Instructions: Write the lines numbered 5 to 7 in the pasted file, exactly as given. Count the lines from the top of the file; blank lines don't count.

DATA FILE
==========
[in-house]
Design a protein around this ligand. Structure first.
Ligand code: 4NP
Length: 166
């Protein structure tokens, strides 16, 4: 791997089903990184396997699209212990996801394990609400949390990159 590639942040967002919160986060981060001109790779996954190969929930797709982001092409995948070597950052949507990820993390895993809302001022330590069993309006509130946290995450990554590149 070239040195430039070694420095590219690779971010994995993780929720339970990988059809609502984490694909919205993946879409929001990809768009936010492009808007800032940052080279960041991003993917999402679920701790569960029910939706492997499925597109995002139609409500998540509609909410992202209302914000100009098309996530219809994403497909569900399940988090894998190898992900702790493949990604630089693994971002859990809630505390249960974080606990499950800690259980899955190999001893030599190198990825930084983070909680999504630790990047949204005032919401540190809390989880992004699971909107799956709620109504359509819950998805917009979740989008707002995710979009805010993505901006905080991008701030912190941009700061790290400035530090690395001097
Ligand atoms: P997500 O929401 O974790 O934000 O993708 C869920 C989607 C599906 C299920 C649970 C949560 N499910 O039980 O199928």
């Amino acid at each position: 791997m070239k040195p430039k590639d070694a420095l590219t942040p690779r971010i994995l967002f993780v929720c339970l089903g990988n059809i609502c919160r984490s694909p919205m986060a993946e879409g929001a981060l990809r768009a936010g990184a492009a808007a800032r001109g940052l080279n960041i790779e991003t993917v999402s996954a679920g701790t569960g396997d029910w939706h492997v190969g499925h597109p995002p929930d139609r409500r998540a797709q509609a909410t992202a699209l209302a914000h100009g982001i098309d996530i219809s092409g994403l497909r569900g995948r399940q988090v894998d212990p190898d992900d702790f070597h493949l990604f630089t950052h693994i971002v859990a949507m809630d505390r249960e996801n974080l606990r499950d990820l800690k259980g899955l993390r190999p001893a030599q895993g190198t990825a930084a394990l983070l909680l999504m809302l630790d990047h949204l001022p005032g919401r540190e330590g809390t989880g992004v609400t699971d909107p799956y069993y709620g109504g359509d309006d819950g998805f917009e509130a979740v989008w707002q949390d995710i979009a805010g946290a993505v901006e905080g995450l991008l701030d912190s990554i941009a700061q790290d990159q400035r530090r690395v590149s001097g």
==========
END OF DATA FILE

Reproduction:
């Protein structure tokens, strides 16, 4: 791997089903990184396997699209212990996801394990609400949390990159 590639942040967002919160986060981060001109790779996954190969929930797709982001092409995948070597950052949507990820993390895993809302001022330590069993309006509130946290995450990554590149 070239040195430039070694420095590219690779971010994995993780929720339970990988059809609502984490694909919205993946879409929001990809768009936010492009808007800032940052080279960041991003993917999402679920701790569960029910939706492997499925597109995002139609409500998540509609909410992202209302914000100009098309996530219809994403497909569900399940988090894998190898992900702790493949990604630089693994971002859990809630505390249960974080606990499950800690259980899955190999001893030599190198990825930084983070909680999504630790990047949204005032919401540190809390989880992004699971909107799956709620109504359509819950998805917009979740989008707002995710979009805010993505901006905080991008701030912190941009700061790290400035530090690395001097
Ligand atoms: P997500 O929401 O974790 O934000 O993708 C869920 C989607 C599906 C299920 C649970 C949560 N499910 O039980 O199928």
């Amino acid at each position: 791997m070239k040195p430039k590639d070694a420095l590219t942040p690779r971010i994995l967002f993780v929720c339970l089903g990988n059809i609502c919160r984490s694909p919205m986060a993946e879409g929001a981060l990809r768009a936010g990184a492009a808007a800032r001109g940052l080279n960041i790779e991003t993917v999402s996954a679920g701790t569960g396997d029910w939706h492997v190969g499925h597109p995002p929930d139609r409500r998540a797709q509609a909410t992202a699209l209302a914000h100009g982001i098309d996530i219809s092409g994403l497909r569900g995948r399940q988090v894998d212990p190898d992900d702790f070597h493949l990604f630089t950052h693994i971002v859990a949507m809630d505390r249960e996801n974080l606990r499950d990820l800690k259980g899955l993390r190999p001893a030599q895993g190198t990825a930084a394990l983070l909680l999504m809302l630790d990047h949204l001022p005032g919401r540190e330590g809390t989880g992004v609400t699971d909107p799956y069993y709620g109504g359509d309006d819950g998805f917009e509130a979740v989008w707002q949390d995710i979009a805010g946290a993505v901006e905080g995450l991008l701030d912190s990554i941009a700061q790290d990159q400035r530090r690395v590149s001097g």